October 15, 2019
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Repealing the Johnson Amendment would turn churches into super PACs

George Danby | BDN
George Danby | BDN

Mainers have a proud tradition of engaging in their communities, showing up to town meetings and discussing the issues important to them. Maine is a state that values the opinions of all of its residents, not just those with the biggest checkbook.

But down in Washington, politicians are threatening to change the law and drown out the voices of everyday Mainers.

For decades, the law has ensured that churches can serve their congregations and communities without political interference. They’ve been able to build communities without being forced to do the bidding of special interests. Unfortunately, this protection is under attack by politicians who want to turn churches into a vehicle for political contributions.

Congress is targeting for repeal the Johnson Amendment, a law enacted in the 1950s to keep churches and charities from being political. To be clear, the amendment doesn’t stop pastors or congregation members from stating their personal political views, donating to the candidates they support or hosting voter registration drives. The amendment simply protects churches from being used by mega-donors to funnel secret money to support politicians in Washington.

Right now, a spending bill moving through the House of Representatives includes a secretive measure — snuck in behind closed doors — that would cripple the Johnson Amendment. It would allow mega-donors to give money to a church for political purpose, such as funding those attack ads we see on TV every election year.

Extreme politicians pushing the measure misrepresent ideas like free speech and religious liberty. But let’s call attempts to repeal the Johnson Amendment what they really are: another way to let special interests pour unlimited, secret money into politics.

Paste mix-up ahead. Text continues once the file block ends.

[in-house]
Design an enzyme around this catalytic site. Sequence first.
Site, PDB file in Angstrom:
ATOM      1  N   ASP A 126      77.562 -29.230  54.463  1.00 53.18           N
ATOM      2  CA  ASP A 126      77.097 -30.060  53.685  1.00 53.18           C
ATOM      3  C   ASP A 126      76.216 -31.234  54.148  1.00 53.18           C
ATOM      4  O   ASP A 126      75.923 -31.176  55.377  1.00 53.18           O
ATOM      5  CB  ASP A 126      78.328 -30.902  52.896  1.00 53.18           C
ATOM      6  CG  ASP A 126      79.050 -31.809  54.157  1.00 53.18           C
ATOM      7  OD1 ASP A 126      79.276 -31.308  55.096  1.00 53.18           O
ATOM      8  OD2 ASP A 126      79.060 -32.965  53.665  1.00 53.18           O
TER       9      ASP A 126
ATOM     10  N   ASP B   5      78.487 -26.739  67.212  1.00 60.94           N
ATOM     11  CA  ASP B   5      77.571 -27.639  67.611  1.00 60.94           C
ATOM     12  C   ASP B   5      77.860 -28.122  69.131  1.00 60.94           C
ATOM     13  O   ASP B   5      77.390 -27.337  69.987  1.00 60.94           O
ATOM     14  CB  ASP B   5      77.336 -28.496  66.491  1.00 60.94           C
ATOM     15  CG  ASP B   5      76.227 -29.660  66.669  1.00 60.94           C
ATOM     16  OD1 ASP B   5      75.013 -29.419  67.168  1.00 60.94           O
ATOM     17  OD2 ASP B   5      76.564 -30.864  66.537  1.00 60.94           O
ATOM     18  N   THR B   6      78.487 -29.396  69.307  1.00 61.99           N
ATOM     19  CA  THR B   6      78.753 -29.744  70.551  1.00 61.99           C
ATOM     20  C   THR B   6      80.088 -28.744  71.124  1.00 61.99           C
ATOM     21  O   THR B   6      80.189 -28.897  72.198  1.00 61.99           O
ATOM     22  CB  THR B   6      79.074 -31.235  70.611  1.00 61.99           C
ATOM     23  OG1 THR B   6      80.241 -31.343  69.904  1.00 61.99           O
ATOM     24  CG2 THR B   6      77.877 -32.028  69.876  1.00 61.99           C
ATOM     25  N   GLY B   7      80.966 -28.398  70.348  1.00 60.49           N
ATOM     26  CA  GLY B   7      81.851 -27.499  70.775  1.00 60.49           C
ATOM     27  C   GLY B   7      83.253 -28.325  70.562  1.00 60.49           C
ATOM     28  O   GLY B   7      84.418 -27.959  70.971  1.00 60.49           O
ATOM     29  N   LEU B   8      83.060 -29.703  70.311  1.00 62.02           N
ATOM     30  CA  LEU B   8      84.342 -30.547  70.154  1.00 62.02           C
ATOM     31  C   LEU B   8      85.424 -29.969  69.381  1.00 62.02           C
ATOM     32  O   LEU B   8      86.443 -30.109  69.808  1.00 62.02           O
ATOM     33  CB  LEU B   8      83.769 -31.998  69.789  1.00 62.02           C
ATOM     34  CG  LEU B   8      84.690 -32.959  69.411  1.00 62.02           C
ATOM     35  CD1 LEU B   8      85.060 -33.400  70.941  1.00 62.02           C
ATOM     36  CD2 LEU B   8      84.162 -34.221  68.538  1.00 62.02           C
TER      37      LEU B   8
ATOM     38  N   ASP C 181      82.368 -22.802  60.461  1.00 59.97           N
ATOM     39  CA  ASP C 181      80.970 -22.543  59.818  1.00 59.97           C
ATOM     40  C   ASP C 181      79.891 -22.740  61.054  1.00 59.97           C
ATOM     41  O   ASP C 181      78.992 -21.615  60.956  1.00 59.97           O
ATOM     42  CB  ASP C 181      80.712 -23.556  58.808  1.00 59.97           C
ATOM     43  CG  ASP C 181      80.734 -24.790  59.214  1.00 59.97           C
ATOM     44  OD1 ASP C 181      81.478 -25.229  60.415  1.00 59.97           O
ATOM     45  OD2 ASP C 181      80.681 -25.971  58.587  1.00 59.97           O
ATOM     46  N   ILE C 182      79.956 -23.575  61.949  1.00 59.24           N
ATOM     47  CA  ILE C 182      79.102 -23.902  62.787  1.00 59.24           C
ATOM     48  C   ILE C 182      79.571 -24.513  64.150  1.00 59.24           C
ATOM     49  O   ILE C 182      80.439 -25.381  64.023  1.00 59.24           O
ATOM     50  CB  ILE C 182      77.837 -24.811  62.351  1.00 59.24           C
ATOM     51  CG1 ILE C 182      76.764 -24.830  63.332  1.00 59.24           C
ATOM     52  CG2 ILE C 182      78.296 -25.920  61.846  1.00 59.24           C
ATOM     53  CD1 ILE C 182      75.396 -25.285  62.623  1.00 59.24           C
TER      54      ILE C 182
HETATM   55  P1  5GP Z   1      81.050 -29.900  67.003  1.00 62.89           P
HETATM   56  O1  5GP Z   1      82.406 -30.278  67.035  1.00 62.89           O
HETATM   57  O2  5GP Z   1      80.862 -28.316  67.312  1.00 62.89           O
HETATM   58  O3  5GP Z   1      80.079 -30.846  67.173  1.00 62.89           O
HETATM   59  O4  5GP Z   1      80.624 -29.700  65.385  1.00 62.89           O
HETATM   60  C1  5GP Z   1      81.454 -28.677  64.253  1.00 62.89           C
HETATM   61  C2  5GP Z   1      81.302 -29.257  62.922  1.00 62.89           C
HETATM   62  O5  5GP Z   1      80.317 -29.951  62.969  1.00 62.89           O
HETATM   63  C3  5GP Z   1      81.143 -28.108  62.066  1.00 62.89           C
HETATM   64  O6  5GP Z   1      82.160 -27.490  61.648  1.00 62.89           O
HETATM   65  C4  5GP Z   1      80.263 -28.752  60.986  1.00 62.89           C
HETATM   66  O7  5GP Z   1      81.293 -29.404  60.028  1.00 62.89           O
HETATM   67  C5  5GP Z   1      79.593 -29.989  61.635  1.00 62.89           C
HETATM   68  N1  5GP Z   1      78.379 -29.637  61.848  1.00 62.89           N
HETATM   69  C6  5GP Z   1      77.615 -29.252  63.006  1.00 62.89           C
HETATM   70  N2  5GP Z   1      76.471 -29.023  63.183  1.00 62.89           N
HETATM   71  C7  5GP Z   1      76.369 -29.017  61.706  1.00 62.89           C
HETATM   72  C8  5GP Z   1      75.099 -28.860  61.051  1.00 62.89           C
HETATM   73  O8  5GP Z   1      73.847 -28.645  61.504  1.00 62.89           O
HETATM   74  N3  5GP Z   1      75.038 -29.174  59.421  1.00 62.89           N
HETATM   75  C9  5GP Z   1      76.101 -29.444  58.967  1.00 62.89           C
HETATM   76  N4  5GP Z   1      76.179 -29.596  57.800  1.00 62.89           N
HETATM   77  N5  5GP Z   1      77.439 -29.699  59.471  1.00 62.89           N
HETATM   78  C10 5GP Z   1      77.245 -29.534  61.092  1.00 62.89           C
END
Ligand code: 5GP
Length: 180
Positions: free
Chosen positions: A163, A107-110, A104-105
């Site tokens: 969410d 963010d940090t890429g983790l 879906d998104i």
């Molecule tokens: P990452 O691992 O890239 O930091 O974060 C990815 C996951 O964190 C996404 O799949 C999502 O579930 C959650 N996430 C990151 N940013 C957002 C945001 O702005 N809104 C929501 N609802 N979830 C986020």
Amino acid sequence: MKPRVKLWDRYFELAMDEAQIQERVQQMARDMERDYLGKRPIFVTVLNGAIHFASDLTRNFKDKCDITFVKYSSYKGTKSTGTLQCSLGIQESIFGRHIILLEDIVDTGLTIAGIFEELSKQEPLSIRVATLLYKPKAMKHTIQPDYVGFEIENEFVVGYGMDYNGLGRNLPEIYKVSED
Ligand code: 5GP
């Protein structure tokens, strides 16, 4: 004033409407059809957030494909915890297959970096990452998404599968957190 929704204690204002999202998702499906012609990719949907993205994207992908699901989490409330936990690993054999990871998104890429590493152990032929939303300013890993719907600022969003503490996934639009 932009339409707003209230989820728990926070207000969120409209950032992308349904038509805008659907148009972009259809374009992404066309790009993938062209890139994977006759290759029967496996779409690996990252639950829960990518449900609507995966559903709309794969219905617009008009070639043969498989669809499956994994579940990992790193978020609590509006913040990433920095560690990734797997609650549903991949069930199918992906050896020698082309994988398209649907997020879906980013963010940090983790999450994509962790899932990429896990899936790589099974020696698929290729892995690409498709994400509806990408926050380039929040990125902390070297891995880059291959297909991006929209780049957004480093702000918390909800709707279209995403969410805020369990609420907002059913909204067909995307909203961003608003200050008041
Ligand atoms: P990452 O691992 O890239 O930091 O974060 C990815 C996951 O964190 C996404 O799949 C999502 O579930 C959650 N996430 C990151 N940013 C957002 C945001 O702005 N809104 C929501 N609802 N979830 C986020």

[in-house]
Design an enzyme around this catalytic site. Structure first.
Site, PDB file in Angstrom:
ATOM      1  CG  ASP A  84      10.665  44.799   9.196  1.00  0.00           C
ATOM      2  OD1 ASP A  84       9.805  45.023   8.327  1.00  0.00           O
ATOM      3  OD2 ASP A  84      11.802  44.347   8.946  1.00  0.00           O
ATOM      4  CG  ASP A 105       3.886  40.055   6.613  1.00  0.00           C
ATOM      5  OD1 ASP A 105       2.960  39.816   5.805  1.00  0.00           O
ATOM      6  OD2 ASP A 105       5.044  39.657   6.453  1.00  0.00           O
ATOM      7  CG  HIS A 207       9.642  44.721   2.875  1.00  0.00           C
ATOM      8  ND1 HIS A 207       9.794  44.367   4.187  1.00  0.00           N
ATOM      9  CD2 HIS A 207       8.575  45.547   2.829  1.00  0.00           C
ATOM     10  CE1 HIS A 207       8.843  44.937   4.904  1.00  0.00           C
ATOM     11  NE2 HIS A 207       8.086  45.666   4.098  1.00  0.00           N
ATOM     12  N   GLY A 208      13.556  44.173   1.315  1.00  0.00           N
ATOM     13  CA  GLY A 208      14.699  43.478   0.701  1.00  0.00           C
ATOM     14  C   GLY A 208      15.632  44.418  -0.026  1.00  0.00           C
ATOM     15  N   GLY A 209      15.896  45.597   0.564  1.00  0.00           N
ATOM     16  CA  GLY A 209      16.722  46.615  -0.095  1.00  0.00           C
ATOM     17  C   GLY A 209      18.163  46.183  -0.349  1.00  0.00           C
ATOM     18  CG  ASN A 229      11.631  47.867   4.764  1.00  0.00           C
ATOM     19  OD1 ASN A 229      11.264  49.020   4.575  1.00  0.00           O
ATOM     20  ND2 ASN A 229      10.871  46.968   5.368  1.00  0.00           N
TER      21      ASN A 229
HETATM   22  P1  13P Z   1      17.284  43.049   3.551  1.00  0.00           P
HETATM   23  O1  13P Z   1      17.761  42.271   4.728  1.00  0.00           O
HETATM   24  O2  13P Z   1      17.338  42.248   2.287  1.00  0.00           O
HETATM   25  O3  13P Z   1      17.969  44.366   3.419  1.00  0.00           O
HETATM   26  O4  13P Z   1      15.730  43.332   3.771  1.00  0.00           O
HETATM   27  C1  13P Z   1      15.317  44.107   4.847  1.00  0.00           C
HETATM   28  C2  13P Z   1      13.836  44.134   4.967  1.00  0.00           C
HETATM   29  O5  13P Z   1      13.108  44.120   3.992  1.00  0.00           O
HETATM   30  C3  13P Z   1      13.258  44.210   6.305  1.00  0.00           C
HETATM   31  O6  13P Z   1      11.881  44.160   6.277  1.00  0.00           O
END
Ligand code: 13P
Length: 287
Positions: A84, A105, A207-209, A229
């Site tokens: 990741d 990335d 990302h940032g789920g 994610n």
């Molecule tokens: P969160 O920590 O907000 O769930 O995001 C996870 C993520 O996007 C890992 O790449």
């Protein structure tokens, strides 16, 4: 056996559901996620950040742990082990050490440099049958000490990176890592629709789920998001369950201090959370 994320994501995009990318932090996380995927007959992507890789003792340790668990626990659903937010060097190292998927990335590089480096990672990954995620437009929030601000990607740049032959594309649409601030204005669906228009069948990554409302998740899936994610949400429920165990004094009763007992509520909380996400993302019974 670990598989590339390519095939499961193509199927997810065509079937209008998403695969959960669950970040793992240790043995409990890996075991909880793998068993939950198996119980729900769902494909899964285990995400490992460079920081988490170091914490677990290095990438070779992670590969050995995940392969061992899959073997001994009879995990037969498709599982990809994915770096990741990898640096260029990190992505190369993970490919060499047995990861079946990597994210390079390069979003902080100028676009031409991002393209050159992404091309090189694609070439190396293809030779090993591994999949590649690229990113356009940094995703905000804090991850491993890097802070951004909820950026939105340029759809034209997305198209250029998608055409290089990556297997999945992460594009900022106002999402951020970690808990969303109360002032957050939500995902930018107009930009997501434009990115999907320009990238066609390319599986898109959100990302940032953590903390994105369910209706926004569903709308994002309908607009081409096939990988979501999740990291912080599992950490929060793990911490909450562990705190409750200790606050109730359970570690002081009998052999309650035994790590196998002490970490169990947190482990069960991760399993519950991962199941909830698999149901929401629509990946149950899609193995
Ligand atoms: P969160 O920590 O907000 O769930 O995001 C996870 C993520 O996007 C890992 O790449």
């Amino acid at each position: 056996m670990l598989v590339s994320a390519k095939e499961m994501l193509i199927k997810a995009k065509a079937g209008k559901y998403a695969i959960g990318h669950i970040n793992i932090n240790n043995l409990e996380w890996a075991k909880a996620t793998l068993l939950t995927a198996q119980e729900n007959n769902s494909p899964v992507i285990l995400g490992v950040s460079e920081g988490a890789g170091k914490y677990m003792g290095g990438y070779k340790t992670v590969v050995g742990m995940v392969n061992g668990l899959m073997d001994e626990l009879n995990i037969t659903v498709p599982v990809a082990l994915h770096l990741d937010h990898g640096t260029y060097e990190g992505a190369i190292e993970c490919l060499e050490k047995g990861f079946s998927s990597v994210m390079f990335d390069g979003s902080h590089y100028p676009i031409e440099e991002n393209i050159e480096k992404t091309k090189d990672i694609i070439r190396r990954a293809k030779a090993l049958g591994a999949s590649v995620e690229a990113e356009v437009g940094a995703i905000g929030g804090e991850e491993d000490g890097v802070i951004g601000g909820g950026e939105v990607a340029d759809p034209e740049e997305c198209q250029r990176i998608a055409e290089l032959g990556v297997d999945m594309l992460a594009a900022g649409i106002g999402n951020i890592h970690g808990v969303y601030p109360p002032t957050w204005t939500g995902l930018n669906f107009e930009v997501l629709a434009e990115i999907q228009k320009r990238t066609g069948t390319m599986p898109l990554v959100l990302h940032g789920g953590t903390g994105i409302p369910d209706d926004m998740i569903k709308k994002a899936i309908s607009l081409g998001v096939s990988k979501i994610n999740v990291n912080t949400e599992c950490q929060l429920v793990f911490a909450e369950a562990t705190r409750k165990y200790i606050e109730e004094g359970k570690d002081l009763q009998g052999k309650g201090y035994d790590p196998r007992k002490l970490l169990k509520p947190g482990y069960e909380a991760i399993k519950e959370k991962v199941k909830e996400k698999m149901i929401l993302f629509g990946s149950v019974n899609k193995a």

Churches are a sacred place where people of all backgrounds — and all political leanings — can come together despite their differences. Allowing special interests to funnel their secret money through tax-exempt organizations could split churches along partisan lines and in some cases could effectively turn them into fronts for unlimited political spending.

It’s no wonder that more than 100 faith-based organizations oppose the move along with a number of nonprofits, advocacy groups and my organization, End Citizens United, the largest campaign finance reform organization in the country.

Congress should protect churches’ and charities’ ability to engage in their missions, not turn them into a vehicle for special interests to hide their political donations — and get a tax break while doing so. Especially not through the pulpit.

Throughout his career, Sen. Angus King has been outspoken against dark money flowing into our elections. End Citizens United urges him and Sen. Susan Collins to stand against any attempt to repeal the Johnson Amendment and protect the sanctity of our churches and charities.

Tiffany Muller is the president and executive director of End Citizens United, the largest campaign finance reform organization supported entirely by small-dollar donors.

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